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Eric S. Rabkin

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Title: Science Fiction, the Literature of Technological Imagination
Lecturer: Eric S. Rabkin
Producer: The Teaching Company
Duration: 8 x 45 minutes
Media: Audio only

This fairly short lecture series by Michigan University professor of literature, Eric S. Rabkin, is an attempt at covering the entire science-fiction genre in roughly six hours, from its dimmest origins when no one knew about science fiction, to the modern film industry. As you will have noticed, I quite enjoy good science fiction, at least when it comes to novels (there are good movies too, but not that many), so some academic scrutiny of the genre feels appropriate, especially since I, for various reasons, missed the Science fictions classics course being run this semester.

The series starts out very strongly, discussing Shelley’s Frankenstein, various works by H.G. Wells (such as The Time Machine) and Jules Verne. Since I have never encountered these works from a literary point of view, the first three lectures are extremely interesting, shedding new light with almost every word. He then goes on to discuss pulp novels of the earl 20th century, which, to be honest, is of only academic interest to me, since pulp is not my preferred type of literature.

He then covers the expansion of the genre beyond what was published early on, mentioning authors I am very well acquainted with, spending much time on especially Robert A. Heinlein, but moving on to Ray Bradbury and Ursula K. Le Guin, authors who in various ways did things no one had done before, and, in Le Guin’s case, in a way which was appreciated by non-afficionados. After a lecture on modern science-fiction film, he finishes with a brief review of what he calls New Wave and Cyberpunk (discussing Philip K. Dick, William Gibson and others), again authors who expanded the genre.

Let me start by praising the lecturer by saying that his technique is absolutely brilliant. Again, I marvel at the skill of The Teaching Company’s chosen professors. Indeed they are claimed to be picked not only on the grounds of academic merit, but also based on teaching excellency, and in my experience, this is more than just advertising. It is actually true for most lecturers.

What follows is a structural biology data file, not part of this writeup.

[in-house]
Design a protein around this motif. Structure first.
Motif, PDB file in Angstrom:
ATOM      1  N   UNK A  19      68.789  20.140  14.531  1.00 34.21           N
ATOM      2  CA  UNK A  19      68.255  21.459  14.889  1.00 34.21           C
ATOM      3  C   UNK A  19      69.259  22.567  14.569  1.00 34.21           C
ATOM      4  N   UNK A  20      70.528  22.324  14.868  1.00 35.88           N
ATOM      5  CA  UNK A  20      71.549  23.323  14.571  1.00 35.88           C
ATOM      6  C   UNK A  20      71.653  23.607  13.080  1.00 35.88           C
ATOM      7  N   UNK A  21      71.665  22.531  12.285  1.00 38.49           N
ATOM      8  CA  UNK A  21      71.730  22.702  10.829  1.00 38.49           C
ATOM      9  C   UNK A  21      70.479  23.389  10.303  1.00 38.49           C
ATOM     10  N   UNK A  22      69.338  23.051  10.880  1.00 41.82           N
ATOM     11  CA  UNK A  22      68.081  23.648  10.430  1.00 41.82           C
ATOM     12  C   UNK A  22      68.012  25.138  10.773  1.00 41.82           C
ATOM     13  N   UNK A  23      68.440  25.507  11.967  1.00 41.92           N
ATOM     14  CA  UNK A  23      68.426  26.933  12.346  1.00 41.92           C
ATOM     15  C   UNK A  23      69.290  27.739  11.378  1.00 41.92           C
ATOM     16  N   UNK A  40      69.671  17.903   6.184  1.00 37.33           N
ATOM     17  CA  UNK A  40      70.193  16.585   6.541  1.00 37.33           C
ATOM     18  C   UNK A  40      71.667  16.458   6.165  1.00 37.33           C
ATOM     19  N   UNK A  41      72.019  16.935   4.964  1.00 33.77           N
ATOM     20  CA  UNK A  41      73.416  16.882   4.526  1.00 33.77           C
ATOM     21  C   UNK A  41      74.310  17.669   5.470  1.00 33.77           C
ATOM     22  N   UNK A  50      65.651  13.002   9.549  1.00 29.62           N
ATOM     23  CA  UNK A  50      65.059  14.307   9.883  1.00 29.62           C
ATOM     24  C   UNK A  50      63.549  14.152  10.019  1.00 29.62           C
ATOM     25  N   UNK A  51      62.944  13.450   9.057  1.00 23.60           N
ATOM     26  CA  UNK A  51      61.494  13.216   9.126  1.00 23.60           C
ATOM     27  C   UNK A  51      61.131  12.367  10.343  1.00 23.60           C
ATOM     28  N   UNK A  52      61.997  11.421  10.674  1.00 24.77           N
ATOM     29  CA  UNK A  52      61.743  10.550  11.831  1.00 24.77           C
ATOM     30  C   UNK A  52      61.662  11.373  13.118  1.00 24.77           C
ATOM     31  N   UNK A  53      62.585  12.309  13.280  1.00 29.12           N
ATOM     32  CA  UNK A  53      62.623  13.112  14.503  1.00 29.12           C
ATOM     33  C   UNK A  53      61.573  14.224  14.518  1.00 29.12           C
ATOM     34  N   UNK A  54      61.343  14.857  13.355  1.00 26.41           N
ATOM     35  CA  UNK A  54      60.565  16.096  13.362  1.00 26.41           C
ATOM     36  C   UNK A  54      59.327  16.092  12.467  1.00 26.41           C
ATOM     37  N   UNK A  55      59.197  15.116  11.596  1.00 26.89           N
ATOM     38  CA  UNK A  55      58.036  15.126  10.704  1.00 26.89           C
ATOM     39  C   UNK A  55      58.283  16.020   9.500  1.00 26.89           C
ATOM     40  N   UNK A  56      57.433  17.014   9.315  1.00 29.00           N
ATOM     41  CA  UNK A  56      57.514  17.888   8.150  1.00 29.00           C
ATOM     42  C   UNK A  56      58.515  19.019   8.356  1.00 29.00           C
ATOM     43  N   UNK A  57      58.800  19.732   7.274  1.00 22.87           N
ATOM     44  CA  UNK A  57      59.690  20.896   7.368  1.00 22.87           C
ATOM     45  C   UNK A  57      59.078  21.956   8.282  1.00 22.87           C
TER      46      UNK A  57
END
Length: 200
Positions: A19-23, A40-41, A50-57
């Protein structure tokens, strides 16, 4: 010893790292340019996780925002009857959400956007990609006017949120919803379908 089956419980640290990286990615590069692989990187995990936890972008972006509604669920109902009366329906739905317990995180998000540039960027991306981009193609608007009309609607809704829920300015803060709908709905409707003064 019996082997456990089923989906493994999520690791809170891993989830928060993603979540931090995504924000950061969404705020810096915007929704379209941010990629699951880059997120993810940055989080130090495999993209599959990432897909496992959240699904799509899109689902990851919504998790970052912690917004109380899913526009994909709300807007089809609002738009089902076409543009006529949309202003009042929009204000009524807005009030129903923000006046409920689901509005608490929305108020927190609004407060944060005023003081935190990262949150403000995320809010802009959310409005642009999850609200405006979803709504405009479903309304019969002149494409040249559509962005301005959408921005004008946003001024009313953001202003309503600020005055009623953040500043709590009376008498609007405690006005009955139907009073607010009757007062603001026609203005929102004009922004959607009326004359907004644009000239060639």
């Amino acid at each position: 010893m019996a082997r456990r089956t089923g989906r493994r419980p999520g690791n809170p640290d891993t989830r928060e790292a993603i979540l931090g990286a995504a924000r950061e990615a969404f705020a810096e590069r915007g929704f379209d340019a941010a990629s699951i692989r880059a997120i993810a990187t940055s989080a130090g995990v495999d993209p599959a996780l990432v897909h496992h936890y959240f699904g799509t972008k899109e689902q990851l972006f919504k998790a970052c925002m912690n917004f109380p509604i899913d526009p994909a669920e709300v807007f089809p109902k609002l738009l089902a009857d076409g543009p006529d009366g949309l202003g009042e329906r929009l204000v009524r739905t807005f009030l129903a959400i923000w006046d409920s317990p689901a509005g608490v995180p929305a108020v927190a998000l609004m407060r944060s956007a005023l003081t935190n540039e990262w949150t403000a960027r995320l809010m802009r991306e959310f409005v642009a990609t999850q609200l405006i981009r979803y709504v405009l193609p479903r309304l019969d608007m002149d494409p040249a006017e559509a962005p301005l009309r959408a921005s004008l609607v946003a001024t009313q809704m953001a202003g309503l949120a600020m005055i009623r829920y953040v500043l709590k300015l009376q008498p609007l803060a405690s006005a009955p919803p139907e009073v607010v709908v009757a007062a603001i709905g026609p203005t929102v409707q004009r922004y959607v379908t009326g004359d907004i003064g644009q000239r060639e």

That being said, I am not that fond of the contents of the series. As I have said, the beginning was very good, but the series gradually degraded into being quick summaries and reviews of books I have already read. Sure, here and there he mentions ways of interpreting things I was unaware of, but a more general discussion of the genre would have been much more interesting. I do not know how this is perceived by those who have not read the books he talks about, but I assume that the problem is even worse for them. I am also a bit disappointed that he mentions only a few authors active today, largely leaving out the two last decades seems somewhat inappropriate to an overview.

I also feel that this is not good because he leaves out much of what modern (meaning what is published now) science fiction is about. His definition of the genre proposed early on in the series is not only to my disliking, but it also feels old and very narrow. Wikipedia has a fairly good article on subject and I recommend it. I think the most important thing is that science fiction is a means by which the author can say something relevant to us now by using things that do do not exist (yet, in some cases), which would have been very difficult to say otherwise. In this I agree with the professor, but his demands on science fiction being epic (in the sense of saving-the-world epic) is just not true today. His idea of plausibility holds true, but using mumbo jumbo language is not plausibility to my mind (he argues that it makes it sound plausible, which somehow would render it science-fiction, something I strongly disagree with).

I have gained something important from this lecture series, though, and that is the urge to read more analytically when it comes to books published in a context unfamiliar to me. For instance, I have realised that I have often missed the point of novels because I was too uneducated about the zeitgeist out of which they came, H.G. Wells and Jules Verne being the obvious examples. It is difficult to appreciate Joe Haldeman’s The Forever War if one does not connect it with the Vietnam War and Robert A. Heinlein’s Starship Troopers. Even if the connections might be obvious, feeling them when reading is a different matter from realising it in hindsight.

Conclusively, since it is a fairly brief series of lectures, I recommend it to those of you who either do not know very much about science fiction or to those very interested who would like to get a bit more background. Those of you in between are better off investing your time elsewhere.

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